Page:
How to avoid frustration and resentment with suppliers

Contract or no contract, agreements with suppliers need transparency

Contract or no contract, agreements with suppliers need transparency

It is easy to assume that the Co-operative Wholesale Society made only one major mistake in dealing with ICL: not signing a contract. But in fact another, earlier mistake would have had a more significant effect. When work commenced, neither the Co-op or ICL had established how problems would be managed should they prove too difficult to resolve within an agreed timescale.

As a result, the Co-op had two alternatives when regularly confronted with unsatisfactory work. It could continue or it could terminate. And as both sides should have known, it is difficult and embarrassing to terminate a project; few IT directors will do so until they think a project is absolutely unrecoverable.

However, the project will actually "die" before that point, when the customer-supplier relationship has deteriorated to the point where practical problem-solving is impossible.

So how can anger and resentment be avoided? Before the project begins, agree the cost that can be recovered for delays caused by the supplier. To reduce the amount of arguments, the agreement should ideally be written into a contract. But while I would never recommend that an IT director starts work without a suitable contract, should this be the case, there should at least be an agreement with suppliers on any costs for failing acceptance tests, missed deadlines or missed key milestones.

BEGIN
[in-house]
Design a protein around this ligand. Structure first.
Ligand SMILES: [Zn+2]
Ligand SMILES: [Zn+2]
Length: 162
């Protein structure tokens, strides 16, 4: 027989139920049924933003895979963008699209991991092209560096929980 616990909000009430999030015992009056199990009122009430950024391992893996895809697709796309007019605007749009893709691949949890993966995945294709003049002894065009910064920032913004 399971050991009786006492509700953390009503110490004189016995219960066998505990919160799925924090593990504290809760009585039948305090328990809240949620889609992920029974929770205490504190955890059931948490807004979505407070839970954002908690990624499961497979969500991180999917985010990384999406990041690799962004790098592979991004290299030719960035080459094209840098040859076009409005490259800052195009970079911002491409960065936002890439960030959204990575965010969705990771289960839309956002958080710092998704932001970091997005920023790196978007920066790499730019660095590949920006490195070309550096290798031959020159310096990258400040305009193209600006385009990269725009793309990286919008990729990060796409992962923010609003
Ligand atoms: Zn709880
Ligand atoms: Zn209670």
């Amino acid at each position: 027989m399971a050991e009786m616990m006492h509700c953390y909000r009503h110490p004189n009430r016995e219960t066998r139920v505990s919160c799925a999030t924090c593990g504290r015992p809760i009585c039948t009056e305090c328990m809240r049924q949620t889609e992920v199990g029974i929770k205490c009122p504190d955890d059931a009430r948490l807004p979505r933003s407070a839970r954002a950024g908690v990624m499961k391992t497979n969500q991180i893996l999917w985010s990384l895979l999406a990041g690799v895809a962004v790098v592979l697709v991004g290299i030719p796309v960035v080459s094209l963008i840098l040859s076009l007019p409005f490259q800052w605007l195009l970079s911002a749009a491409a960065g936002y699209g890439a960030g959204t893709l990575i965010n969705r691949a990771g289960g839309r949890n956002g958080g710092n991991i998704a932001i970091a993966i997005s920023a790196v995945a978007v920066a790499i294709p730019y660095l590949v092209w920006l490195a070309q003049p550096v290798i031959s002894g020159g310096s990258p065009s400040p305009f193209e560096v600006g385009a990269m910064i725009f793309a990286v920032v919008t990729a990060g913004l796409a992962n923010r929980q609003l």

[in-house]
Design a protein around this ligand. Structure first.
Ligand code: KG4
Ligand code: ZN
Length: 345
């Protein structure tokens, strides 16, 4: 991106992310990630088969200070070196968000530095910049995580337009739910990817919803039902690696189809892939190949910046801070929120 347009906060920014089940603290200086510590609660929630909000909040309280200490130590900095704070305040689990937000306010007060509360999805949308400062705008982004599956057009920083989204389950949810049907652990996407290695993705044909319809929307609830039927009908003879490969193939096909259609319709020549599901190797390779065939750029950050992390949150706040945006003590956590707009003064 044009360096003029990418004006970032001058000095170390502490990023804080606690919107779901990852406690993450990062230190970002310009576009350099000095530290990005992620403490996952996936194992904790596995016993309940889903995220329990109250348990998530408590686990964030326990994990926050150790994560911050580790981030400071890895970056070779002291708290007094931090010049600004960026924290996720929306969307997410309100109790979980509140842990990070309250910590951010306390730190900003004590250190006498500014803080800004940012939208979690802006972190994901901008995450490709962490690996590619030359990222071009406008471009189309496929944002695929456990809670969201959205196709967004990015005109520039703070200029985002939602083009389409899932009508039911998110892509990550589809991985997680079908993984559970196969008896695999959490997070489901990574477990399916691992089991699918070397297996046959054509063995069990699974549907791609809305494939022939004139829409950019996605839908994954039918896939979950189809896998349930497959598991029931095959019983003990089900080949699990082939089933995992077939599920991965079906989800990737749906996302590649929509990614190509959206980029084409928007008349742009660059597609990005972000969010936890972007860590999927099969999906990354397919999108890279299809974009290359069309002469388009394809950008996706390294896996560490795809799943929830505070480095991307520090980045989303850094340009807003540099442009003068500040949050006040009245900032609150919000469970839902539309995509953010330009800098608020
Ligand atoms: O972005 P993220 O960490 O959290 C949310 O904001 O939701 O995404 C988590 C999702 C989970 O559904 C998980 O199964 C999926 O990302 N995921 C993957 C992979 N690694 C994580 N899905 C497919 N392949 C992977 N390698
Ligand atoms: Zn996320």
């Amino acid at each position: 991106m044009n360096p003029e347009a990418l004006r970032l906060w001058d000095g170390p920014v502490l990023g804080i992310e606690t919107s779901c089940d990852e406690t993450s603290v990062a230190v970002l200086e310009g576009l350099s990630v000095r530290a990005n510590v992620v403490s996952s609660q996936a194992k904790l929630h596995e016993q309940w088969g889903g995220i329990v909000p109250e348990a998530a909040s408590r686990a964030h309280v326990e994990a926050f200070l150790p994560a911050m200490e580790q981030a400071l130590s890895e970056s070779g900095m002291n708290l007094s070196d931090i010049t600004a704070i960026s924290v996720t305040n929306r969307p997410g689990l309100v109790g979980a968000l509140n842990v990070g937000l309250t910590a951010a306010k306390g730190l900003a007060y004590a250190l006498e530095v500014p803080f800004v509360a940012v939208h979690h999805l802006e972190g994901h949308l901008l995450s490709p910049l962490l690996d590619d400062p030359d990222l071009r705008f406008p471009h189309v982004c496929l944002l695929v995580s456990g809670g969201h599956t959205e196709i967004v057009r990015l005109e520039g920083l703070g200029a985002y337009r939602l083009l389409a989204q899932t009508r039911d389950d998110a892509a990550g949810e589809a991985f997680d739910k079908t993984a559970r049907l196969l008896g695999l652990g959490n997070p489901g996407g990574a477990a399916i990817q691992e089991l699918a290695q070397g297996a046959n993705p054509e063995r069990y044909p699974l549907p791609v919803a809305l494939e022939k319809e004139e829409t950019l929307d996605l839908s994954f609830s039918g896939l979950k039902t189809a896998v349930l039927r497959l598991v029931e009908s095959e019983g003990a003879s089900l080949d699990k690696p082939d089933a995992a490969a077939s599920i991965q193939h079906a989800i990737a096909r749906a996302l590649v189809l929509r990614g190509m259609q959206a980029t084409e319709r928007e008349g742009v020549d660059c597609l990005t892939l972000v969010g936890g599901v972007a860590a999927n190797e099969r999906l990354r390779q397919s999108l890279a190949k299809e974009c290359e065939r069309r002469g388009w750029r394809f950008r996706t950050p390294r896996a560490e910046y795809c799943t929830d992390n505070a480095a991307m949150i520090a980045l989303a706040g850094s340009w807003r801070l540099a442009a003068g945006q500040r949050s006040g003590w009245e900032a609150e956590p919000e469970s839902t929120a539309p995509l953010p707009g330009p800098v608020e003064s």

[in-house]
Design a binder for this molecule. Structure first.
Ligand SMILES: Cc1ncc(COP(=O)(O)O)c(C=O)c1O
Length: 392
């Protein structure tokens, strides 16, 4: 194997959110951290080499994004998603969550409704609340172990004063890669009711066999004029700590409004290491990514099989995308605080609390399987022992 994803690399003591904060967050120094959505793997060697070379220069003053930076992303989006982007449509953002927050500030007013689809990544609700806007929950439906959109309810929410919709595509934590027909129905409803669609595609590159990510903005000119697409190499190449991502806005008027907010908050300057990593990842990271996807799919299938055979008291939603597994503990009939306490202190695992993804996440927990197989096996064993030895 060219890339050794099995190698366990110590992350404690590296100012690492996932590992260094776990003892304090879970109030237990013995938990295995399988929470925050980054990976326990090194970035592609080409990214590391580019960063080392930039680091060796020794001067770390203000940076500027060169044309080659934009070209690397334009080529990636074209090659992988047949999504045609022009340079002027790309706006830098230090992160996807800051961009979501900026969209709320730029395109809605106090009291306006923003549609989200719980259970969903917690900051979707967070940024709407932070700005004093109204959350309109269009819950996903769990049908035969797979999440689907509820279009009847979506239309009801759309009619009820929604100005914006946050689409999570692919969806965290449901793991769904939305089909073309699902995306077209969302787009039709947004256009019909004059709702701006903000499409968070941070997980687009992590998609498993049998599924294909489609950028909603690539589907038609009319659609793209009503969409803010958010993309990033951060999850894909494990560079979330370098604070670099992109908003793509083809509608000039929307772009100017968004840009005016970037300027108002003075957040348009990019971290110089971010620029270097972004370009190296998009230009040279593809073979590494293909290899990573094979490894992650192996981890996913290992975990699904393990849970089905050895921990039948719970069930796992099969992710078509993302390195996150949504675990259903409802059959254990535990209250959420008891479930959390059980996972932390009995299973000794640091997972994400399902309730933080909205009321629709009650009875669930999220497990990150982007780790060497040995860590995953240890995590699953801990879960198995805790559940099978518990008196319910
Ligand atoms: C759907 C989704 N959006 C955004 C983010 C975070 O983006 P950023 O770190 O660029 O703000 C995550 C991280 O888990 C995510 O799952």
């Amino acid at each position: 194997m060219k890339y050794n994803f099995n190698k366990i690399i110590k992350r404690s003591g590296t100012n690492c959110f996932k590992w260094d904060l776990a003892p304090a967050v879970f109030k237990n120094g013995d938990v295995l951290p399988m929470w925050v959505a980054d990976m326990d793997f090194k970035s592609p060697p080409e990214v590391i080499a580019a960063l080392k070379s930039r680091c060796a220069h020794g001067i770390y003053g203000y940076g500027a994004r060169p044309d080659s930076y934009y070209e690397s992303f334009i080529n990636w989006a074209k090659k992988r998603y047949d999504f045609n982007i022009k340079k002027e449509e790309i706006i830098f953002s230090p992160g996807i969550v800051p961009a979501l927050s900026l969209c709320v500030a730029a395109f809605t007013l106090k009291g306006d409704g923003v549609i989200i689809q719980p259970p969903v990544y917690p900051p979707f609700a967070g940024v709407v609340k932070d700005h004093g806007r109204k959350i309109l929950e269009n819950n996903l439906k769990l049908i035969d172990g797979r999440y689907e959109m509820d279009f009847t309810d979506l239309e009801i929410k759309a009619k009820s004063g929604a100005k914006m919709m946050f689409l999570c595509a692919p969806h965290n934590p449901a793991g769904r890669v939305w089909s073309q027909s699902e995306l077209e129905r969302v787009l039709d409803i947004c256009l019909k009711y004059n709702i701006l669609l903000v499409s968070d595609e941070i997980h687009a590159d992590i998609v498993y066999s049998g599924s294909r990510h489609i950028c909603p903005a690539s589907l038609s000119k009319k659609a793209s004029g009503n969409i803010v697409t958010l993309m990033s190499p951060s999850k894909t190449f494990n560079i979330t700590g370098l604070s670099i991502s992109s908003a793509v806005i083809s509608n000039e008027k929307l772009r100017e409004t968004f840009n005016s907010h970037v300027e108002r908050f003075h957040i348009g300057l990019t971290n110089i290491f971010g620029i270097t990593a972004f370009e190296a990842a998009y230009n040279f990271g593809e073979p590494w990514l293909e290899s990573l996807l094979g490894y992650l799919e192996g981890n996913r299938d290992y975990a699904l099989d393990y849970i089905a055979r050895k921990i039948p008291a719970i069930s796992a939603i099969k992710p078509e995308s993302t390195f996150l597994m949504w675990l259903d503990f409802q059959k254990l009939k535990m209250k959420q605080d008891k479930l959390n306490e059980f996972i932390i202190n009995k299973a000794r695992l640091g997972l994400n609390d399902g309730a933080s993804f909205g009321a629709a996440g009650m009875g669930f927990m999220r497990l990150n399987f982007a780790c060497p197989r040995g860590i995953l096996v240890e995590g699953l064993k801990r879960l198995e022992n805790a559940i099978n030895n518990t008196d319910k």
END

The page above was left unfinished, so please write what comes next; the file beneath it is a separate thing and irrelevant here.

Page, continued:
In addition, a time limit must be agreed for how long intractable problems will be worked at before costs are paid or when problems should be escalated to a higher power such as senior supplier or customer staff.

This may sound like contractual nitpicking. If you are negotiating cost recovery, why not go the whole way and simply write a full contract? But this is not a purely contractual issue. It is a way of creating a workable, less stressful way to resolve arguments with suppliers. It ensures that you do not get into any arguments in the first place - as was the problem faced by the Co-op. The company had only one way to express dissatisfaction and that was by terminating the project.

The majority of problems affecting the day-to-day running of IT projects simply do not deserve such a drastic response.

Allan Watton is managing director of Best Practice Group, which has published a guidance note, 10 mistakes everyone makes with IT projects,

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